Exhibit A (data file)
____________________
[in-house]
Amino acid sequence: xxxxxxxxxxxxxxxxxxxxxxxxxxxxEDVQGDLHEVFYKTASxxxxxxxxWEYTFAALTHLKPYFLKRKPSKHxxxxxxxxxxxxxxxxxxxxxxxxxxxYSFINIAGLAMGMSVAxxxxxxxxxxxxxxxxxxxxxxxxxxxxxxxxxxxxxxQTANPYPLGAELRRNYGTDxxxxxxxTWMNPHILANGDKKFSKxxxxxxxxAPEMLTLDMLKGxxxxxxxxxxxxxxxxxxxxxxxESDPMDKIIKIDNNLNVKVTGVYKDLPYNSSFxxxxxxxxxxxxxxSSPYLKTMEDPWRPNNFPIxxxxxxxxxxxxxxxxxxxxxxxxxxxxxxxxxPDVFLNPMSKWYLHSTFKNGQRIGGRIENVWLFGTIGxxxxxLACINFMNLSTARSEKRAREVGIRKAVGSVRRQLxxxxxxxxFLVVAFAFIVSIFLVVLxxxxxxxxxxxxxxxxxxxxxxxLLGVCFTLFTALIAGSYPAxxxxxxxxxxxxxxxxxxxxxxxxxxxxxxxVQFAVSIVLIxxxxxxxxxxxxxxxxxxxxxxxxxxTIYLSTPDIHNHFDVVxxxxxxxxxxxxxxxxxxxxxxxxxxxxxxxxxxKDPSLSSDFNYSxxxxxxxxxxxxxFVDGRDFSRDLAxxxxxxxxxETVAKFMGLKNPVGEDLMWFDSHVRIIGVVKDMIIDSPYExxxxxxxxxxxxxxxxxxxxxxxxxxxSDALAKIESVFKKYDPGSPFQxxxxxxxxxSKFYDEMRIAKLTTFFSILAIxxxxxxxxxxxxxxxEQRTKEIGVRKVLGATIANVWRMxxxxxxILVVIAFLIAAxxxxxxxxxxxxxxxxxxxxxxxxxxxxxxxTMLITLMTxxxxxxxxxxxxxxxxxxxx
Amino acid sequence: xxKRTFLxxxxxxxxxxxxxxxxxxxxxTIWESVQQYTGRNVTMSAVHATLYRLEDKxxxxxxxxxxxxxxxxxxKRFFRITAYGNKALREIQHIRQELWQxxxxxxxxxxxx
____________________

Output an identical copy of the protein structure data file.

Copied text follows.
[in-house]
Amino acid sequence: xxxxxxxxxxxxxxxxxxxxxxxxxxxxEDVQGDLHEVFYKTASxxxxxxxxWEYTFAALTHLKPYFLKRKPSKHxxxxxxxxxxxxxxxxxxxxxxxxxxxYSFINIAGLAMGMSVAxxxxxxxxxxxxxxxxxxxxxxxxxxxxxxxxxxxxxxQTANPYPLGAELRRNYGTDxxxxxxxTWMNPHILANGDKKFSKxxxxxxxxAPEMLTLDMLKGxxxxxxxxxxxxxxxxxxxxxxxESDPMDKIIKIDNNLNVKVTGVYKDLPYNSSFxxxxxxxxxxxxxxSSPYLKTMEDPWRPNNFPIxxxxxxxxxxxxxxxxxxxxxxxxxxxxxxxxxPDVFLNPMSKWYLHSTFKNGQRIGGRIENVWLFGTIGxxxxxLACINFMNLSTARSEKRAREVGIRKAVGSVRRQLxxxxxxxxFLVVAFAFIVSIFLVVLxxxxxxxxxxxxxxxxxxxxxxxLLGVCFTLFTALIAGSYPAxxxxxxxxxxxxxxxxxxxxxxxxxxxxxxxVQFAVSIVLIxxxxxxxxxxxxxxxxxxxxxxxxxxTIYLSTPDIHNHFDVVxxxxxxxxxxxxxxxxxxxxxxxxxxxxxxxxxxKDPSLSSDFNYSxxxxxxxxxxxxxFVDGRDFSRDLAxxxxxxxxxETVAKFMGLKNPVGEDLMWFDSHVRIIGVVKDMIIDSPYExxxxxxxxxxxxxxxxxxxxxxxxxxxSDALAKIESVFKKYDPGSPFQxxxxxxxxxSKFYDEMRIAKLTTFFSILAIxxxxxxxxxxxxxxxEQRTKEIGVRKVLGATIANVWRMxxxxxxILVVIAFLIAAxxxxxxxxxxxxxxxxxxxxxxxxxxxxxxxTMLITLMTxxxxxxxxxxxxxxxxxxxx
Amino acid sequence: xxKRTFLxxxxxxxxxxxxxxxxxxxxxTIWESVQQYTGRNVTMSAVHATLYRLEDKxxxxxxxxxxxxxxxxxxKRFFRITAYGNKALREIQHIRQELWQxxxxxxxxxxxx